Paper No. 8
Presentation Time: 3:15 PM
PALEONTOLOGICAL MANAGEMENT AND MONITORING OF FOSSIL RESOURCES ON PUBLIC LAND: AN ANALYSIS OF ANTHROPOGENIC IMPACTS ON DINOSAUR ICHNOFOSSILS OF THE CANTWELL FORMATION, TATTLER CREEK VALLEY, DENALI NATIONAL PARK, ALASKA
In 2005 dinosaur ichnofossils were discovered in the Cretaceous Cantwell Formation within Denali National Park. Management of the fossils for both research and public interest represents a unique case study due to the access restrictions and wilderness philosophies of the park. The “Cretaceous Dancefloor” on upper Tattler Creek, is the best known and most commonly visited fossil site in Denali National Park. Although the National Park Service has not released the dancefloor location to the public, growing awareness has made the unmonitored resource a frequently visited destination. Human threats to the resource include damage by touch, vandalism, and removal of the loose casts. Natural erosion and colluviation also threatens the trace fossils, specifically freeze-thaw cracking and shatter. Denali National Park’s mission is directed toward wilderness preservation not collection of resources. Establishment of protocols for long-term monitoring of natural and anthropogenic impacts to the fossils is required to maximize paleontological study.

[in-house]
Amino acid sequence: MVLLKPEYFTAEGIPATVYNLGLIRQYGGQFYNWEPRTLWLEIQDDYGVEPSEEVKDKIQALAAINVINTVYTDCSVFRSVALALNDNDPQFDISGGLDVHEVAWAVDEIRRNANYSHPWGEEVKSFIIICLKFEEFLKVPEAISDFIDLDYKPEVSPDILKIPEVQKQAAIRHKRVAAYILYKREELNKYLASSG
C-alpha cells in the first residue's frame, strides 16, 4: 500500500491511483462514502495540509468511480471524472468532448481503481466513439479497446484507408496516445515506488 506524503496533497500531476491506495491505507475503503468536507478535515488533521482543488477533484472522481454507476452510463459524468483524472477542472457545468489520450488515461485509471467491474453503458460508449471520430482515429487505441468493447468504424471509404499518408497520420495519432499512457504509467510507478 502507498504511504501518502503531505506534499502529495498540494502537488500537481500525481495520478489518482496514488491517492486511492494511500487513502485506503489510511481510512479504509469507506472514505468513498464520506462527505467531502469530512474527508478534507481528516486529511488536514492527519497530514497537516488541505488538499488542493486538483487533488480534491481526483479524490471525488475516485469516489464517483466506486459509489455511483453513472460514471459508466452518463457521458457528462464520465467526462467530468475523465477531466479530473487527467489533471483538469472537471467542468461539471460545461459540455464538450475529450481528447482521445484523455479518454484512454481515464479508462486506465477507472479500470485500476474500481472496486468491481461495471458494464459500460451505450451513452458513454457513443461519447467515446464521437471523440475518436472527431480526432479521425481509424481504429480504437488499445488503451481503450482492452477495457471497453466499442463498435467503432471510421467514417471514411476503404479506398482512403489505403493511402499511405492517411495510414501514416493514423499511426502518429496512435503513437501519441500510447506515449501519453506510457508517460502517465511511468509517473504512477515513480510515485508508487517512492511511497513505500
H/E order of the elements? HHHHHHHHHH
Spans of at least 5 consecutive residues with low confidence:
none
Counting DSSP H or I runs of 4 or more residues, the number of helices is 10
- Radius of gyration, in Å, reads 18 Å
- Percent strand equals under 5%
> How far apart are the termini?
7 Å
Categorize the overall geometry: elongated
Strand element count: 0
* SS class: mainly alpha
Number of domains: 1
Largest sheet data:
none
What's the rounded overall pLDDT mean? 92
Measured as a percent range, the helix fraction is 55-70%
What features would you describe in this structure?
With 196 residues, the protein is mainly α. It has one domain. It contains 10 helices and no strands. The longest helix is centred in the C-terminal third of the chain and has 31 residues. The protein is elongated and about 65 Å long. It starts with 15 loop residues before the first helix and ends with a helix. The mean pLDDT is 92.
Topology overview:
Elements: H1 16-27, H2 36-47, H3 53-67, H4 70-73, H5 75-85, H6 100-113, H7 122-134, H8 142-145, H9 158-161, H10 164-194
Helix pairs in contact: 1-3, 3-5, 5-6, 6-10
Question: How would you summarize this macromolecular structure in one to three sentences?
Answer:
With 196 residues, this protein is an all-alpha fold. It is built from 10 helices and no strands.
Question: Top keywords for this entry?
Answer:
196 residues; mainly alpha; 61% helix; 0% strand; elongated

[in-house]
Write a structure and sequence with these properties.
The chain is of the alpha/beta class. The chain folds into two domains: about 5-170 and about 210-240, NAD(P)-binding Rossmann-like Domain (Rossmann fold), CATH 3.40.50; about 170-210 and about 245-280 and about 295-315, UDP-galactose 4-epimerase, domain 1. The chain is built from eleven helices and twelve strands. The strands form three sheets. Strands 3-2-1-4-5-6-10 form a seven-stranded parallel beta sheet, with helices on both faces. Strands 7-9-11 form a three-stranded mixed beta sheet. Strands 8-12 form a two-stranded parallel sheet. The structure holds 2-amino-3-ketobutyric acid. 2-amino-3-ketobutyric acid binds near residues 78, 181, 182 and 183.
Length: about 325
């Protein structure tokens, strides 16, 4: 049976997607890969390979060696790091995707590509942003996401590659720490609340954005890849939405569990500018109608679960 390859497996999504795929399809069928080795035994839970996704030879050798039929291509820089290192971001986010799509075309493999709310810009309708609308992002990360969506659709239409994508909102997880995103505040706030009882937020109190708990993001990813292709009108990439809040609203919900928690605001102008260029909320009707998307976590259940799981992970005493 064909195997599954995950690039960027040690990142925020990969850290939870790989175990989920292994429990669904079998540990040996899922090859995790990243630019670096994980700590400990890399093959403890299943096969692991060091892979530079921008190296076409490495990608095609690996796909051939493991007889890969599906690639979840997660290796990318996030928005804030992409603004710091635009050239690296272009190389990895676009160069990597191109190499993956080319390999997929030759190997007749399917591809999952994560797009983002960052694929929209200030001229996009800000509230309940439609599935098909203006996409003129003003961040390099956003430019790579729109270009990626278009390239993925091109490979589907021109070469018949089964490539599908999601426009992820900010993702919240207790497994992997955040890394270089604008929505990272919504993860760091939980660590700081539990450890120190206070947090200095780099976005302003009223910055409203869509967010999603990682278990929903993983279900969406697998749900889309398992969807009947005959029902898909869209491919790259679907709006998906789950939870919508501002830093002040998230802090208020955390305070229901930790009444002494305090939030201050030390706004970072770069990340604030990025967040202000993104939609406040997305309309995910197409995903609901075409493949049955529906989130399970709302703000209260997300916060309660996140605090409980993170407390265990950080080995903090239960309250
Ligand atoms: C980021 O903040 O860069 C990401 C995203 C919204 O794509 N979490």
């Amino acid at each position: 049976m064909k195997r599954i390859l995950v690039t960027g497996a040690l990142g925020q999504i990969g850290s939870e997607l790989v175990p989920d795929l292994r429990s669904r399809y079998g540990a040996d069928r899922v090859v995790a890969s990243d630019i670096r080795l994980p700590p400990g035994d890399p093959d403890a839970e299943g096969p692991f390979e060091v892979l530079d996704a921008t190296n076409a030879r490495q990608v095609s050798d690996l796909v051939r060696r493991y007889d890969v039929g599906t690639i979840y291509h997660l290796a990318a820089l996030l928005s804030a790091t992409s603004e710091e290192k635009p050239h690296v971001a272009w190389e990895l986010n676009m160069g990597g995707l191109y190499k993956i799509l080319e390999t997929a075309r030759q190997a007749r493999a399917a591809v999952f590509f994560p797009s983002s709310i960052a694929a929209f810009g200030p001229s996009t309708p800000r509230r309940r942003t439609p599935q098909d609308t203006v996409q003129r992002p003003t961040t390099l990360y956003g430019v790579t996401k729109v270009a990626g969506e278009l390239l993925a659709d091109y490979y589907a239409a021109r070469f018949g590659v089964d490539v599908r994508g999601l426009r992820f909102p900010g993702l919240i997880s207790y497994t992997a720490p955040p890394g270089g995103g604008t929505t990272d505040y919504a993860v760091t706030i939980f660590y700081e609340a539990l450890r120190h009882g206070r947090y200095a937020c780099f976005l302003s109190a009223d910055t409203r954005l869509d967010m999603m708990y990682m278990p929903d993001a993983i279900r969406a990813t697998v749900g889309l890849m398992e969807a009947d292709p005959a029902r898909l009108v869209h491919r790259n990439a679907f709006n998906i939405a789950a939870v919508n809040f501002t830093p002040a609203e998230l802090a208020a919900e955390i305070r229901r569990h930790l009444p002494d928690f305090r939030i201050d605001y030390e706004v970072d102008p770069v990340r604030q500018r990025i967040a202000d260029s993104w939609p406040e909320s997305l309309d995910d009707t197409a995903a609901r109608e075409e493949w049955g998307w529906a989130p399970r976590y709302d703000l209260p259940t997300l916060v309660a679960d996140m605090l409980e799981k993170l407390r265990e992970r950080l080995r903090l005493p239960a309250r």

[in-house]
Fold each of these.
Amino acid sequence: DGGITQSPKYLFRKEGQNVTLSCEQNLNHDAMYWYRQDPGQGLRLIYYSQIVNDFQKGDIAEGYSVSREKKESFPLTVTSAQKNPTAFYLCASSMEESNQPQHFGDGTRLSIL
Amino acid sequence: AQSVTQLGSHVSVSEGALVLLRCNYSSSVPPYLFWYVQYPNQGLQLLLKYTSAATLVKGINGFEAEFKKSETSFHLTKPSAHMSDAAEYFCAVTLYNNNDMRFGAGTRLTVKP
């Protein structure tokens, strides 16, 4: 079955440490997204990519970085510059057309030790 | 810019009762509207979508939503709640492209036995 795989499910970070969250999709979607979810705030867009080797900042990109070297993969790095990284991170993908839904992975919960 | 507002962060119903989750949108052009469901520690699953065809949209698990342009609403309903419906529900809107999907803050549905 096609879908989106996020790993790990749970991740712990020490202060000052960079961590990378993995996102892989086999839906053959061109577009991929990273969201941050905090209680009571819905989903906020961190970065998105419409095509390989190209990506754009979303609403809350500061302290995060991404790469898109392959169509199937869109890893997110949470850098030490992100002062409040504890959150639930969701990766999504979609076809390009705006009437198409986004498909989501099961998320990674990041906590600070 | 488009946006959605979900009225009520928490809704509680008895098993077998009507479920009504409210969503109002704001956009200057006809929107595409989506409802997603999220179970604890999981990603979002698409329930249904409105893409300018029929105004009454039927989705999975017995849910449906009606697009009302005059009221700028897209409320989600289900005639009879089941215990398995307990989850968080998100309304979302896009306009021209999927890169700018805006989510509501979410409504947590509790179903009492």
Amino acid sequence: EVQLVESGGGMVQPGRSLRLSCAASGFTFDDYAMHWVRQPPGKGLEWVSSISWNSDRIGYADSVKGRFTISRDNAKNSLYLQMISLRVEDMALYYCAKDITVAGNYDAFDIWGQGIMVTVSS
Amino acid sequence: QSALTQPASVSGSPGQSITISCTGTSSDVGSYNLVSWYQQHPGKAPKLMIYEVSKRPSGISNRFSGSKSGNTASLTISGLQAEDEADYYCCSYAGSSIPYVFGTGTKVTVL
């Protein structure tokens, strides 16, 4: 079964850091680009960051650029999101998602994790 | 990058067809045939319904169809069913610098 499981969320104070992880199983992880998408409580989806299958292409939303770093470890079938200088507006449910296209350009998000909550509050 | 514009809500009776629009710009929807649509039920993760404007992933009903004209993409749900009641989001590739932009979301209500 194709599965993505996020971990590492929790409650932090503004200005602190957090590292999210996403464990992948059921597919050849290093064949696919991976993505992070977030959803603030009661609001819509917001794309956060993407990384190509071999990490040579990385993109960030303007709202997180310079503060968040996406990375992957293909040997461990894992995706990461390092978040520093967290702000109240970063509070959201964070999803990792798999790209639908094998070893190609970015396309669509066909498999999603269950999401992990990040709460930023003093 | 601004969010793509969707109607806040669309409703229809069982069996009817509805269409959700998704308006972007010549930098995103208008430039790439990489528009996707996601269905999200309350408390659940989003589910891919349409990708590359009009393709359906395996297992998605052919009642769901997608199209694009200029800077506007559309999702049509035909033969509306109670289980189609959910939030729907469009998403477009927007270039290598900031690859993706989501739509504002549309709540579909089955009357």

This 2013 GeoCorps project presents analytic methods and models for the annual monitoring of conditions at the Tattler Creek site. The analysis and results of this report will provide new information useful for maintenance of current infrastructure and planning for future discoveries of fossil resources on federally protected land, particularly within the park system. The results of this project are based on doctoral research at the University of Montana on paleontological management and a GeoCorps paleontologist internship within Denali National Park. Results of summer 2013 GeoCorps lab and field work are presented along with an analysis of effective management plans for specific human-related resource issues and impacts. Emphasis is given to science-based information for use by the park staff to quantify both public interest and paleontological value.